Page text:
• Polemically paraphrasing Stendhal's "realist" view of the novel as a mirror of life ("Un roman, c'est un miroir qui se prom≠ le long d'une route"/A novel is a mirror walking along a road), Edouard says about his own journal and diary: "C'est le miroir qu'avec moi je prom&ne. Rien de ce qui m'advient ne prend pour moi d'existence reelle, taut que je ne Fy vois pas reflete" (This is a mirror that I carry with me. Nothing that I meet becomes real to me until I see it reflected in this mirror, FM 1057). In a similar fashion, Fedor describes himself as a poet with a "mirrory heart" (G65/D76), haunted by mirrors from childhood." Do dreams mirror life? Is Nabokov’s dream a novel walking down the road? A road of narrative infinity? Does this have anything to do with Freud’s royal path to The Unconscious? ( Forgive me, Volodya.)

• Viewing prose as "mirror-like" and akin to that of the emigre writer Vladimirov-Nabokov's alter ego in The Gift (G321/D359). This detail elevates the mirror theme to the metaliterary level. Like the author and hero of The Counterfeiters, the author and hero of The Gift write "mirror" prose. Is this metafiction? A novel like Pale Fire?

• Following the mise-en-abyme technique, the mirror composition of The Gift is reflected in Fedor's texts, whose mirror composition will in turn be reflected in his future novel. Furthermore, the mirror relationship between Fedor's writings and Nabokov's novel forces the reader to become a (re)creator who shuttles from incorporated to incorporating texts, (re) establishing The Gift's larger meaning. Does dreaming involve mirror composition? Textual shuttling?

• And while writing The Aesthetic Relations of Art to Reality, a study based on a study of women's pictures in a store window, Chernyshevskii leads "an uneven struggle with the desires of the flesh, ending in a secret compromise" (G219/D247). Tellingly, Fedor's association of his own asceticism with masturbation-"Take oneself in hand: a monastic pun"-is provoked by a prostitute who pretends to contemplate the window of a women's clothing store (G325-26/D364-65). Male or female prostitute? Albert or Albertine? What about Edouard and Caloub? How does Nabokov disguise or obfuscate the Gide Immoralist gay metatext and why? Why didn’t Gide continue the next spiral narrative novel with Caloub rather than contemplate Lafcadio Wuki a street-smart 19-year-old in 1890’s Paris?

The mirroring effect of dreams

• The mirroring of Fedor's ideal by Chernyshevskii and Bush also harks back to The Counterfeiters, where Edouard's antagonist, the count of Passavant, brags about a future novel in which he will fully realize himself (FM1044). Gide's narrator is unequivocal about their distorting but revelatory mirror relationship, whereby Passavant's brilliance recalls fake coins:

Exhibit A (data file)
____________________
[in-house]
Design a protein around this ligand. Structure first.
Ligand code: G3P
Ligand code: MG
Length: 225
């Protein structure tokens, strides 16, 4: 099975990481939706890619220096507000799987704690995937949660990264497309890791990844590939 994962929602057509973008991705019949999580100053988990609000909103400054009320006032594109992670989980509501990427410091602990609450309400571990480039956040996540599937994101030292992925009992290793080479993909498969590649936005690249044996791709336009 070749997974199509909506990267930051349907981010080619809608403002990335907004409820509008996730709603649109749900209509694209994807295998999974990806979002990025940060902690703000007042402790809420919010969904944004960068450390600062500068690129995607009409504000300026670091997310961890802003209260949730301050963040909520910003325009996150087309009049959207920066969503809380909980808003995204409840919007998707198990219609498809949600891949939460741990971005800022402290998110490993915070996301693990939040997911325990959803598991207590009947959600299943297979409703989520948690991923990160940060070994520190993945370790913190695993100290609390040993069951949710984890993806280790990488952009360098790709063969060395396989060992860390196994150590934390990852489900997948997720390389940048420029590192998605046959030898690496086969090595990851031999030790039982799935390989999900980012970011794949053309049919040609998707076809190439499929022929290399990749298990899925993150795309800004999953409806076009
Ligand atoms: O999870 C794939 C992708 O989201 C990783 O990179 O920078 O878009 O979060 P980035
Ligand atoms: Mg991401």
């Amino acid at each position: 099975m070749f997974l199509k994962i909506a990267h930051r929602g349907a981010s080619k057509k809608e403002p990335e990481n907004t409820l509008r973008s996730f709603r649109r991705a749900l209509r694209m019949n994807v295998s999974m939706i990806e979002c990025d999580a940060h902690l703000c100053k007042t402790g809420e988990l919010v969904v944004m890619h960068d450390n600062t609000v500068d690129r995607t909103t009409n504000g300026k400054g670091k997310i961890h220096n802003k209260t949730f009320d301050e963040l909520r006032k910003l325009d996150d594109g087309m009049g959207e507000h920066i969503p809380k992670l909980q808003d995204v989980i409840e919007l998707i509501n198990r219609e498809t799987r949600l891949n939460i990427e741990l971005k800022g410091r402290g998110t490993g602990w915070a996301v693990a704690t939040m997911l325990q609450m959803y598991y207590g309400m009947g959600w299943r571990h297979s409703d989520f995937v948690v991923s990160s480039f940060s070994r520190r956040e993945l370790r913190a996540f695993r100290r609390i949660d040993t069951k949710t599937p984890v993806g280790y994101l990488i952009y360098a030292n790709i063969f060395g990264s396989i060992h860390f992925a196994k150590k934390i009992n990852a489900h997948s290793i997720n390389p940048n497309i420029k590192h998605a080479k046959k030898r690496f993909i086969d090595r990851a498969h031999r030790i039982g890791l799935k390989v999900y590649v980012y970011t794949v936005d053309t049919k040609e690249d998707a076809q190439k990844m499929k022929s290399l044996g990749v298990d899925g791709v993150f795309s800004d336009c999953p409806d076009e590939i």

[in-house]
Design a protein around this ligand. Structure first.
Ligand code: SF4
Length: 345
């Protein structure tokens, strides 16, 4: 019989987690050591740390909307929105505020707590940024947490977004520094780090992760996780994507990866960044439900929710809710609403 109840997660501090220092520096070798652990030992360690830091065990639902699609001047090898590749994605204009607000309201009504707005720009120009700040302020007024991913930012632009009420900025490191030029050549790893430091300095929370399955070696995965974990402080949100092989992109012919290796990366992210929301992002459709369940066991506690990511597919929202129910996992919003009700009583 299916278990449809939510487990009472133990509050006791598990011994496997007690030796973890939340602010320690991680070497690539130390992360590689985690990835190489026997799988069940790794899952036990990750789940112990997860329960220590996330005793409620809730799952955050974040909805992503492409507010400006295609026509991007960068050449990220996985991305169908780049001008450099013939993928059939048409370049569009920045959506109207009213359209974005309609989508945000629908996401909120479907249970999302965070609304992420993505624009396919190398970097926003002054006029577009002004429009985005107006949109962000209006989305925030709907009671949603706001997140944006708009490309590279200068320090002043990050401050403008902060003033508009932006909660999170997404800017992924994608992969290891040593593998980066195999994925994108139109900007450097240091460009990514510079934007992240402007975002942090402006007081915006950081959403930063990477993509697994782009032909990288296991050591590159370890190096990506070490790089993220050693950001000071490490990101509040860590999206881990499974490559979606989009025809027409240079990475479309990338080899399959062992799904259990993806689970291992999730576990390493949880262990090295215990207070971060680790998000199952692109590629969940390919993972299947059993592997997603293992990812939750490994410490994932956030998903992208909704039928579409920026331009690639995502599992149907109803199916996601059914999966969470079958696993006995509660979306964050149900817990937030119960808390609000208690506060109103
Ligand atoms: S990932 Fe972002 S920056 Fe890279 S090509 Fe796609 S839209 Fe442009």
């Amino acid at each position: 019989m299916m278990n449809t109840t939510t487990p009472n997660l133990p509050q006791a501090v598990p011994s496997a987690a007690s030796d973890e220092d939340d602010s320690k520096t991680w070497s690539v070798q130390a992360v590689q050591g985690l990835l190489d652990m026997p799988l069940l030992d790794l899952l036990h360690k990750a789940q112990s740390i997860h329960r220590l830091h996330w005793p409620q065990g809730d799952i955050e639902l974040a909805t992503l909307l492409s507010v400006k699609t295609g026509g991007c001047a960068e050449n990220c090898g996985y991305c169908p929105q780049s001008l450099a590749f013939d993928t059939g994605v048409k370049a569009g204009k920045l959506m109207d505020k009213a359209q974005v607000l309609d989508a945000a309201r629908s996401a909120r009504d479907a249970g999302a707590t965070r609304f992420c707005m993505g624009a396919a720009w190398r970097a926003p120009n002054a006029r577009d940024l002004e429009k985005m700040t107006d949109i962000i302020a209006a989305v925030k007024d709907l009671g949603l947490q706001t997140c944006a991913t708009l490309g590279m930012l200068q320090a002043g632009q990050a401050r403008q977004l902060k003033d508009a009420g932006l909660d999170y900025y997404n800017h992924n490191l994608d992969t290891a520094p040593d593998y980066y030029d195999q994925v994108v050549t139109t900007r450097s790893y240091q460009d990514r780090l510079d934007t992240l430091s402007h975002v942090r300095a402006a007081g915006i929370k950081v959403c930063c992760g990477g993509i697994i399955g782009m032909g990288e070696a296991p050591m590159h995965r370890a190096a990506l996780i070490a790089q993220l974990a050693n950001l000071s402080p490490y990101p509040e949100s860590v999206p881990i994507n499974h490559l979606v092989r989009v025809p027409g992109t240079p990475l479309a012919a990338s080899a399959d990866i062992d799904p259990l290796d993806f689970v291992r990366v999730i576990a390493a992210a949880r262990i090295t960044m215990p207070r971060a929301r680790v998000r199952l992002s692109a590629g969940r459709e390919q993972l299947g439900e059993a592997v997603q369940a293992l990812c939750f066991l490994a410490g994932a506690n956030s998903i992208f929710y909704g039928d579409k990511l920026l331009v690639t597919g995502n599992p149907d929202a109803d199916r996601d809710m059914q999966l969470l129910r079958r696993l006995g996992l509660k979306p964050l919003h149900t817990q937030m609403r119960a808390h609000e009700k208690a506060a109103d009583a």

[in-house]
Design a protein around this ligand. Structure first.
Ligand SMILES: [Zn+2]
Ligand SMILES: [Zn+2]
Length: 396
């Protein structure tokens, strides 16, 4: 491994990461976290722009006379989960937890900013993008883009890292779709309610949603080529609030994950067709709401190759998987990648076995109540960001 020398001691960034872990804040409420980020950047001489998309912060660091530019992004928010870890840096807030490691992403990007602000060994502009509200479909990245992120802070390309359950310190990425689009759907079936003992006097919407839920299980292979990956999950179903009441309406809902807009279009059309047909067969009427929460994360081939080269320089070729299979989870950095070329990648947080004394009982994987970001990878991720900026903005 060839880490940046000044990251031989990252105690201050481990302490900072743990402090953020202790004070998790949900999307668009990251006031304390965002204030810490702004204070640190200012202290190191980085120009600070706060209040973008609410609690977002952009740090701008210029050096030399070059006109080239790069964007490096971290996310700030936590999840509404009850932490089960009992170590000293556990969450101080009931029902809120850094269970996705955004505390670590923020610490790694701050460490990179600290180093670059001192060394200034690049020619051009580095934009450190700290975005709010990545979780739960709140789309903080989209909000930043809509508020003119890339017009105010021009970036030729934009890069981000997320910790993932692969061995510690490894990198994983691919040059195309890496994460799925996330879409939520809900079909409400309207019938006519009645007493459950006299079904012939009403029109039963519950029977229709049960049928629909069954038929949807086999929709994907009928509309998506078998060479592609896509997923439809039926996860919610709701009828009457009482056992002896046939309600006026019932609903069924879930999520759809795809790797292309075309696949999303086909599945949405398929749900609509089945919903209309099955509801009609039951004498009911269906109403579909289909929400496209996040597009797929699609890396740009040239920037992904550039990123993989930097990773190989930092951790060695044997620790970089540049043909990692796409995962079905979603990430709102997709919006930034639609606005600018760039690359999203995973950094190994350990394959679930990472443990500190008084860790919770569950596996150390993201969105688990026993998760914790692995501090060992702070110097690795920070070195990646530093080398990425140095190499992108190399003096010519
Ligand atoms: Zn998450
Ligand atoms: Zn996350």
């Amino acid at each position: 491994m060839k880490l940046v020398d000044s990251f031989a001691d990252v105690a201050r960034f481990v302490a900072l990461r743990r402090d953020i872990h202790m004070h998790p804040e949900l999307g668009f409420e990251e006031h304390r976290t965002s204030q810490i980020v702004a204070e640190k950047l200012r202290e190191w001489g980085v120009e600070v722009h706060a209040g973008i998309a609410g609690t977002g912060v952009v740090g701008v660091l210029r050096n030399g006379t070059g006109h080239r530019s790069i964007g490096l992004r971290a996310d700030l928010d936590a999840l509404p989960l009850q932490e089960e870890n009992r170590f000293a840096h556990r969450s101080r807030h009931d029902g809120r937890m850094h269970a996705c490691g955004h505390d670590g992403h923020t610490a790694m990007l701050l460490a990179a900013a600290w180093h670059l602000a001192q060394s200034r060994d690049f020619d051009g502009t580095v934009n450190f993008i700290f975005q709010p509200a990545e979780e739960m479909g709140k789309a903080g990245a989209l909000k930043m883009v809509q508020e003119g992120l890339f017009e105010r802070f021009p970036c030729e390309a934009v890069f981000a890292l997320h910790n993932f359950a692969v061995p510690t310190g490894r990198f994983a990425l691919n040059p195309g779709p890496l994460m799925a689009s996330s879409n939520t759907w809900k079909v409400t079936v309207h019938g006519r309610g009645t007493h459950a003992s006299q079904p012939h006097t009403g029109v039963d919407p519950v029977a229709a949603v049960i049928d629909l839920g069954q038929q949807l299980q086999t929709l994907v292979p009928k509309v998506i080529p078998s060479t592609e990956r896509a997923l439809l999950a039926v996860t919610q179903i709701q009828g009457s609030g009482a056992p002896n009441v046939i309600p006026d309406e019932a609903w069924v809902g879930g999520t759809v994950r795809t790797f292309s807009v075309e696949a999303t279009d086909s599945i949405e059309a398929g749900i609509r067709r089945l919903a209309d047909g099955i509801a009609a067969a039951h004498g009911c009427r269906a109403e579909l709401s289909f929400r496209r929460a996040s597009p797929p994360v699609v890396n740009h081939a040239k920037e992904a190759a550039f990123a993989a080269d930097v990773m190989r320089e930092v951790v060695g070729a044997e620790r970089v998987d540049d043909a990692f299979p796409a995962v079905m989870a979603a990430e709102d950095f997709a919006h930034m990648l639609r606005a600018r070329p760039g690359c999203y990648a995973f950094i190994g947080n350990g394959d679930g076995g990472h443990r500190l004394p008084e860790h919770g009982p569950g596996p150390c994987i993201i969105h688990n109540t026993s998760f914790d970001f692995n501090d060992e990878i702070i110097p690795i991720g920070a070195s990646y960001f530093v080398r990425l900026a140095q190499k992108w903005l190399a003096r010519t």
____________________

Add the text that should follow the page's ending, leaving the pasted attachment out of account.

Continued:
•Le regard ironique d'Edouard coupa le reste de sa phrase. Habile a seduire et habitue a plaire, Passavant avait besoin de sentir en face de lui un miroir complaisant, pour briller. (FM 1167) Edouard's ironic gaze cut short the rest of his [Passavant's] phrase. An able seducer and used to being liked, Passavant needed to feel in front of himself a complaisant mirror in order to appear brilliant.

• This passage recalls Gide's description of his science of illumination, in which the chronological line of events, illuminated by a light source that moves parallel to it, yields to an oblique line illuminated unevenly by a stationary source. Elaborating on this point, Gide wrote in The Journal:

• Je reprocherais a Martin du Gard l'allure discursive de son recit [. . .] Sa lanterne de romancier eclaire toujours de face les evenements qu'il considere [ ....] jamais leurs lignes ne se melent [cf. "geometry without the axiom of parallel lines"] et, pas plus qu'il n'y a d'ombre, il n'y a de perspective [cf. "curved space"]. Etudier d'abord le point d'ou doit affluer la lumiere; toutes les ombres en dependent. Chaque figure repose et s'appuie sur son ombre [cf. "change of shadows"]. (JFM34-35)

• I could criticize Martin du Gard for the discursive stride of his narrative [ ...] His novelistic lantern always illuminates the contemplated events from the front [ ...] Their lines never mix and there is neither shadow nor perspective. One must first study the source of light; all shadows depend on it. Each figure is based upon and relies on its shadow.

• For Fedor, a glimpse into the otherworldly dimension, whose angle is tilted, requires a tilted mirror and a play of shadows; direct reflection produces a (vicious) circle, a multiplication of deceitful appearances (G328, 341-343/D368, 382-384). That is why, despite "the circular nature of everything in existence" (G204/D230), Fedor sees circularity as "a diabolical semblance of space" (G17/D24). "In our straining toward asymmetry, toward inequality," says Koncheev in Fedor's imaginary dialogue, "I can detect a howl for genuine freedom, an urge to break out of the circle" (G343/D384).

• When the light goes out, the glass reveals the outside world, transforming the light of a street lamp into a prismatic rainbow on the wall. As a result, Fedor "felt-in this glassy darkness-the strangeness of life, the strangeness of its magic, as if a corner of it had been turned back for an instant and he had "glimpsed its unusual lining" (G183/13205). It is precisely this "strangeness of life" that Fedor will attempt to convey by giving his ideal novel the spiral structure of an apple peel, whose twists reveal both its inside and outside surface.